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Keeping healthy- HOW?

Travel Forums Round the World Travel Keeping healthy- HOW?

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1. Posted by rebeccas (First Time Poster 1 posts) 12y

Hi All,
Well, I'm on the first week of a six month trip through Australia, Southeast Asia, and Japan. I flew from New York City to Los Angeles a few days ago and I'm ALREADY SICK!!! Just a head cold or allergies (same symptoms), but enough to make me miserable and spacey... Although it was about 30degrees F in NY which doesn't make anyone feel too good...
Anyway, I'm leaving for Sydney on Sunday and with the time change, long flight, weather change, etc, i have no idea how to get well/stay well and how to adjust to the time change once i get there!
Any suggestions? I'm taking vitamin C- anything else? especially about how to deal with the huge time change... I'm already not able to sleep properly and LA is only 3 hours different from New York!
Also, have those of you in Sydney noticed a problem with allergies? air pollution, etc? i always notice myself sicker when i'm in cities... ew! this sucks!
thanks,
Bec

2. Posted by loubylou (Travel Guru 664 posts) 12y

Take vitamin c, as you are doing and also take zinc supplements. Zinc has been shown to keep the immune system healthy and to help recovery if you do get a cold/flu. It works for me!

Donna :)

3. Posted by sfrx (Budding Member 10 posts) 12y

Think positive. If you think you will be sick, you will. Always drink bottled water, even to brush your teeth. Don't overdo alcohol as it will decrease your immune systems response. Eat a balance diet.

4. Posted by WeeJoe (Respected Member 336 posts) 12y

Agree with all the above (except maybe the alcohol bit;)). Youre body constitution make take a little while to toughen up, but it will.

5. Posted by noemagosa (Full Member 355 posts) 11y

I always think it's better to get used to the time change as soon as possible... Even if it means not to sleep during a very long period of time. That way you'll get to appreciate your trip sooner and better... ;)
I hope it'll help!

6. Posted by Isadora (Travel Guru 13926 posts) 11y

All the above advice is good. Always keep bottled water handy and don't overdo the alcoholic and high sugar (sodas) ones - both are dehydrating. Water will also help out the sinus symptoms as well. Vit. C and zinc are good preventative measures. If they appeal to your tastebuds, increase your intake of alliums - onions and garlic. You may not be the most popular person after a meal, but they do have very strong antibiotic properties and bolster your immunity. Mint, in the form of tea, will help clear your allergy symptoms - and when eaten in a salad or other food, it also aids your immune system. Mint, like the alliums, has strong antibiotic properties.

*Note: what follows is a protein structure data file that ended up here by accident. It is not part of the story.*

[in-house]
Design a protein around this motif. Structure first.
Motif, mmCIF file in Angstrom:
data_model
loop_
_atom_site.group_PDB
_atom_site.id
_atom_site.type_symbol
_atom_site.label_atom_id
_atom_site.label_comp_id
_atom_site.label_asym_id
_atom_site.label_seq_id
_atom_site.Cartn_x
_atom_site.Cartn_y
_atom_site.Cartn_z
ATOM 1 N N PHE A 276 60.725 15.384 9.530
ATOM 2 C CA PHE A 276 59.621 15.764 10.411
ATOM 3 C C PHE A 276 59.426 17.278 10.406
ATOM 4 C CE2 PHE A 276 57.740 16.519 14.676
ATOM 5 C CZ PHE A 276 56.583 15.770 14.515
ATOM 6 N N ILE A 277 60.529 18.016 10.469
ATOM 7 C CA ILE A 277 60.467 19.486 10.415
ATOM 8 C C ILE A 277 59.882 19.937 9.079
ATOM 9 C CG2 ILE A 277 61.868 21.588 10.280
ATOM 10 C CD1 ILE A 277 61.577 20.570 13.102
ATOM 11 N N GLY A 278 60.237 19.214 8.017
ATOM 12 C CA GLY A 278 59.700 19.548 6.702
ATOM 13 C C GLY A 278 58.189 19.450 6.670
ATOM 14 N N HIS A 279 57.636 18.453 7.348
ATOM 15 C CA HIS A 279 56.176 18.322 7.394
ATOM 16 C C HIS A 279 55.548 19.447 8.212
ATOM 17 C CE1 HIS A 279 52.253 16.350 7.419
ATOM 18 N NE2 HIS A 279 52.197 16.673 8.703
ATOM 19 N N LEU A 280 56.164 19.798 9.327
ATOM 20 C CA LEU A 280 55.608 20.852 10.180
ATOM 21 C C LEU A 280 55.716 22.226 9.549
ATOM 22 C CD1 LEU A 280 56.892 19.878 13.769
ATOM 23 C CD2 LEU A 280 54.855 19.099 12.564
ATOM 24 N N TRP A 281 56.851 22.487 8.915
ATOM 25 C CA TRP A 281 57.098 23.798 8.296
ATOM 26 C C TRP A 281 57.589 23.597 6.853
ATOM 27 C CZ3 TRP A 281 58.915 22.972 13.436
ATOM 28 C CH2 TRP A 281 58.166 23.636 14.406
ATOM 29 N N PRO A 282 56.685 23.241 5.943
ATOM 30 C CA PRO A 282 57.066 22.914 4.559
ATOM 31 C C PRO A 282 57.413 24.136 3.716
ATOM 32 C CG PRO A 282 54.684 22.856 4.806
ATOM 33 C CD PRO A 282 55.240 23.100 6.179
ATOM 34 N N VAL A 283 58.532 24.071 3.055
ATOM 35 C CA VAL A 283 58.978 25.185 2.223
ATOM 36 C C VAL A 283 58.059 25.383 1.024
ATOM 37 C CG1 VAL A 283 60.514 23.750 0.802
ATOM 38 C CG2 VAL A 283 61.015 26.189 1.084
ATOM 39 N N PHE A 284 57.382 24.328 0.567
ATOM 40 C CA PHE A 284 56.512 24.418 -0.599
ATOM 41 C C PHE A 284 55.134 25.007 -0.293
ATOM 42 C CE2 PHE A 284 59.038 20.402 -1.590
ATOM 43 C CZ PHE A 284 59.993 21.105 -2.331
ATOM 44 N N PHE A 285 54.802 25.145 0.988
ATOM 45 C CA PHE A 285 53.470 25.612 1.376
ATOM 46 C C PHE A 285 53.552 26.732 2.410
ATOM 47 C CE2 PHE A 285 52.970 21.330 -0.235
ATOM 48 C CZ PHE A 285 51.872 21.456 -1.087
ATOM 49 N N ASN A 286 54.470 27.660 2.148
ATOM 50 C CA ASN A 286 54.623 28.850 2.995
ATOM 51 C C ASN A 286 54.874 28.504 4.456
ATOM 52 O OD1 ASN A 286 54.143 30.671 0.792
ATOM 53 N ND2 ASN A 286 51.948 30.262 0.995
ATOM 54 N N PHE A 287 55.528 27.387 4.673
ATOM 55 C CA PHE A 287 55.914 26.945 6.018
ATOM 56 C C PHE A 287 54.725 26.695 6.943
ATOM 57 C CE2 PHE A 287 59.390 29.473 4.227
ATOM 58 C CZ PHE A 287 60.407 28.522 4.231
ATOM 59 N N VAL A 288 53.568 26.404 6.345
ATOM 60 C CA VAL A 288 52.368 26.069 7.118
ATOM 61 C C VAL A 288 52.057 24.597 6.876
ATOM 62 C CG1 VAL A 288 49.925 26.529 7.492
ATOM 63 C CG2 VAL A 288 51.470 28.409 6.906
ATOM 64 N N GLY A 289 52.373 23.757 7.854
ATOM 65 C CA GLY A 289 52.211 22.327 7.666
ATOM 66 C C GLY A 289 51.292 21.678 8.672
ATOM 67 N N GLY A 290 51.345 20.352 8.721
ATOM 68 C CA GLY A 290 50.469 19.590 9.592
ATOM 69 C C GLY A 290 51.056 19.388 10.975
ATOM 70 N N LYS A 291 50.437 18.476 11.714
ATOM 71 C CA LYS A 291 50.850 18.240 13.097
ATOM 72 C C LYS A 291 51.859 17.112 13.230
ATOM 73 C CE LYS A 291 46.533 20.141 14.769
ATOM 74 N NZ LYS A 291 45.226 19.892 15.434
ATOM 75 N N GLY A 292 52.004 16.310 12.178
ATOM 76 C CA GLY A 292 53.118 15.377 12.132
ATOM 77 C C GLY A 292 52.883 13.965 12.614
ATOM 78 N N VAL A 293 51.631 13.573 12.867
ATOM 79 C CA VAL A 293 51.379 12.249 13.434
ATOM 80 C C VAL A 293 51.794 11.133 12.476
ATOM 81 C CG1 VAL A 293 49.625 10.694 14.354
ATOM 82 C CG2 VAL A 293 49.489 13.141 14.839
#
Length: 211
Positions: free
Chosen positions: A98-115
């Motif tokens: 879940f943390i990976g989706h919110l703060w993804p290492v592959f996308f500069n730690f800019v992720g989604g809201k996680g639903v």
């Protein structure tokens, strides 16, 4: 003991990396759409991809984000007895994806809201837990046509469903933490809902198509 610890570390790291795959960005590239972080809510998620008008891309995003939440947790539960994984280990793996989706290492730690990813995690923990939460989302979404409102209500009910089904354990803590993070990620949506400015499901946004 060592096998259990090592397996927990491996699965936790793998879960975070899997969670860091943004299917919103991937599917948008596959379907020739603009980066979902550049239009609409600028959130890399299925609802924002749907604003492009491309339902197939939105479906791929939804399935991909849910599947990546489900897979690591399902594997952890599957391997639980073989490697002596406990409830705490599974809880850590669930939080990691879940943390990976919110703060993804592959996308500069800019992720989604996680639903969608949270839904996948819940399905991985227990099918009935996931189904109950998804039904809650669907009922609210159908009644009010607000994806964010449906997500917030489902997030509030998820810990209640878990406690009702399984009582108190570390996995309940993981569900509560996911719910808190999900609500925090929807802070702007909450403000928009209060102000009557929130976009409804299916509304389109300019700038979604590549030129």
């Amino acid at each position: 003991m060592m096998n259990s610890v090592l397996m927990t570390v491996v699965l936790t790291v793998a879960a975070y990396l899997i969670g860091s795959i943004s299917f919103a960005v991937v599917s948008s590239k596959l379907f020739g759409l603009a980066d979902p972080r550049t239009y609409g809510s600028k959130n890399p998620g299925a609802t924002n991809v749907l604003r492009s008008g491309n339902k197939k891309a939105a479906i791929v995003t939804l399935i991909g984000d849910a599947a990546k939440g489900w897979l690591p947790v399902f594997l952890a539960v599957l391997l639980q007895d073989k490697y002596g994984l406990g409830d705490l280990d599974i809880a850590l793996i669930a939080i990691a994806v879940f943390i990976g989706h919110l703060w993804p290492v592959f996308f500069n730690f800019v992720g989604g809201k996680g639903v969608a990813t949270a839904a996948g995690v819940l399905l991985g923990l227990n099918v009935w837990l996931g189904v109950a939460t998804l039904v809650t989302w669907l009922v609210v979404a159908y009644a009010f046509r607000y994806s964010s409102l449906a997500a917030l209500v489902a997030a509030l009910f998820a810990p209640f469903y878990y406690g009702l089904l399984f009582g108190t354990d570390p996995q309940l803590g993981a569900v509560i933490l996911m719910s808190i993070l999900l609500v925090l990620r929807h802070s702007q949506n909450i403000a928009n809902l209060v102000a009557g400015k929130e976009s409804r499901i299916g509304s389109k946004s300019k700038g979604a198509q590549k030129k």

7. Posted by ukmassage (Inactive 1052 posts) 11y

Several weeks ago I have spoken to a retired airplane pilot - he believes that sleep can be cumulated to some extend in your body and advises to have a nap anytime you feel like. Making interlanding in the middle of your journey would help your internal body clock to adjust gradually, without too much shock.

Common jet lag symptoms can be combat with simple rules:

1. Massage both ears on arrival. Massage the entire ear thoroughly, inside and out, spending 2-3 minutes on each ear. (They may be quite sensitive!)

2. Once you reach your destination, you need to ground your electromagnetic system as soon as possible:
stand in direct sunlight for 10-20 minutes without glasses
walk barefoot on the ground swim in the ocean or soak in an Epsom salt bath

3. Try to adjust meal and sleep times to the new time zone before departure.

4. Airplane air is dry - many experts suggest drinking quality water before, during and after your flight. We recommend you bring your own bottled water. It is important to drink at least 8-12 ounces of water every hour.

5. Your skin gets dry too - minimize dehydration of your skin by applying lotion to as much of your body as possible. Reapply as often as needed.

6. Avoid alcohol before and during your flight(s).

7. Cabin noise causes fatigue - use earphones to listen to your choice of music or use earplugs to reduce noise.

8. Increase circulation on longer flights by moving , walking around and/or performing isometric exercises

8. Posted by daveh (Travel Guru 1027 posts) 11y

My standard routine on my last few holidays has been this (usually get a flight about 9pm to the far east).

Get a little drunk in the pubs, bars a few hours before you fly.
Once on the plane spend the first 2/3 hours getting very drunk. This is a good way of increasing circulation through your body as you get up to go to the toilet more (opt for an aisle seat so you don't annoy fellow passengers!! Once you have had a skinful, blanket on, sleep until you land. It's then about 3pm. By the time you clear customs and get to your hotel, have a shower etc., its about 6pm and you're ready to go out and eat and have your first night out in a new and exotic place and then everything else fits into place!!!!

It's a faultless routine in my eyes!!!!!!;)

9. Posted by daveh (Travel Guru 1027 posts) 11y

By the way my routine has not yet been approved by any officially recognised medical organisation.

10. Posted by ukmassage (Inactive 1052 posts) 11y

Quoting daveh

Get a little drunk in the pubs, bars a few hours before you fly.

On several occasions I have seen drunken passangers being refused boarding, tickets torn into pieces and guys grounded to the floor by the airport security when they tried to be agressive.